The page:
Keeping an eye on the heavens helps to keep track of time and events on the Earth. All the calendars and astronomical instruments rely on the sun and the moon, the two most important astronomical bodies for us on planet earth..
Astronomy also plays an essential role in the organization of societies in general. Understanding the cycles of the sun and the moon was an essential condition for the development of our agricultural societies. Stonehenge is an example of the knowledge of the sky in prehistoric times. It was built on the basis of high-end mathematics and geometry and is aligned with the rising and setting of the sun and served as astronomic observatory.
Also religious dates are usually related to astronomical events. In Islam, they still use the moon calendar. As a result, the Islamic religious festivals happen on different dates every year. Ancient Egyptians and Mayans built observatories. The Egyptian obelisks for instance were used as shadow clocks. The citizens could divide the day into two parts and also into hours by following the obelisk’s shadow.
The Mayan had astronomical codices which allowed them to calculate moon phases and eclipses. They had a vast knowledge of the ecliptic, the zodiac as well as the Milky Way. Mayan priests recorded astronomical observations for centuries, noting the positions of stars and planets with incredible precision.
Most ancient cultures observed and worshipped the sky and tried to understand it.
In the year 276 B.C, Eratosthenes invented the armillary sphere. It was used to demonstrate the motion of the stars around the earth. It has been updated, reinvented and widly used until the present day to determine celestial positions.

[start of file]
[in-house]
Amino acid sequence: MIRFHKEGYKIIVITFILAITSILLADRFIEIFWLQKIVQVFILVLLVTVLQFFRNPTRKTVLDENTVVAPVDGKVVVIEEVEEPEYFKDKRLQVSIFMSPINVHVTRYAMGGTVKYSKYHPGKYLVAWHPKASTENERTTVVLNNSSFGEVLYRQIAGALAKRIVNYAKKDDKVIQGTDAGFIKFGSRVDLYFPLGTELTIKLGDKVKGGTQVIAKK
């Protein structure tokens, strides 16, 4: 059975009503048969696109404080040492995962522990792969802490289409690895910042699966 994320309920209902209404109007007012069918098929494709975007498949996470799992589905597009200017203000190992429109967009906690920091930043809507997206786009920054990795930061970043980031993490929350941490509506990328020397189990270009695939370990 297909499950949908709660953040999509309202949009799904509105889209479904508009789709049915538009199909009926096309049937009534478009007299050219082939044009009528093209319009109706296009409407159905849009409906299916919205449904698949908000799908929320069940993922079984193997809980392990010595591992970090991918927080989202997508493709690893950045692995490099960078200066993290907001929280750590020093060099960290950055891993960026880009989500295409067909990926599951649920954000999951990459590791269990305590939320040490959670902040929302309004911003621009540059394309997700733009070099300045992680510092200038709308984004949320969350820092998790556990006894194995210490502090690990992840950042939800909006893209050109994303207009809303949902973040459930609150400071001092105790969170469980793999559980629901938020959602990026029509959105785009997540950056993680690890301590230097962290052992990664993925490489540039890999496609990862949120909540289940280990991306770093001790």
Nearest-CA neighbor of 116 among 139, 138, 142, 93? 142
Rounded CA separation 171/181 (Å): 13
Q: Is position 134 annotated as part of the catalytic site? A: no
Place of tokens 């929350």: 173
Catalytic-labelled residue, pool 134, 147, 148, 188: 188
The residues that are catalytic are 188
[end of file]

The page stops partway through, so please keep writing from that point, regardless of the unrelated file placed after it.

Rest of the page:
The Antikythera Mechanism was probaly invented by Archimedes in the 100 B.C . It’s an analogic computer with a geocentric model. The Sun turns around the Earth like a 24 hours analog dial. It is able to predict moonphases and eclipses. This instrument remained in the bottom of the sea more than thousend years . After this mechanism no new instruments aproaching this complexity were invented in Europe until the renaissence.
It is interesting to note that the Middle East was a couple of centuries ahead of Medieval Europe on this subject area. The Astrolabe was widely used in the medieval Islamic world . This was an analog calculator that allowed users to determine the time accurately by looking at the stars. This instrument helped to schedule morning prayers, and to determine local time with local latitude by triangulation and the development of accurate calendars.
This knowledge was used by governments to make sure that tax collectors did not try to collect taxes before the harvest was in. True astrolabes were made before 400 A.D. and were highly developed in the Islamic world by 800 A.D. and were introduced to Europe from Islamic Spain (al-Andalus) in the early 12th century.
The first astronomical clocks were built in the 13th century. Special mechanisms and dials were used to display astronomical information such as the relative positions of the sun, moon, zodiacal constellations, and sometimes major planets. European astronomical clocks are derived from the technology of the Antikythera mechanism. During the Islamic golden age and in Asia complex mechanisms such as water clocks were made.
“Most of the first clocks were not so much chronometers as exhibitions of the pattern of the cosmos … Clearly the origins of the mechanical clock lie in a complex realm of monumental planetaria, equatoria, and geared astrolabes” Lynn White Jr., medieval researcher
Some of these master timepieces are still working today.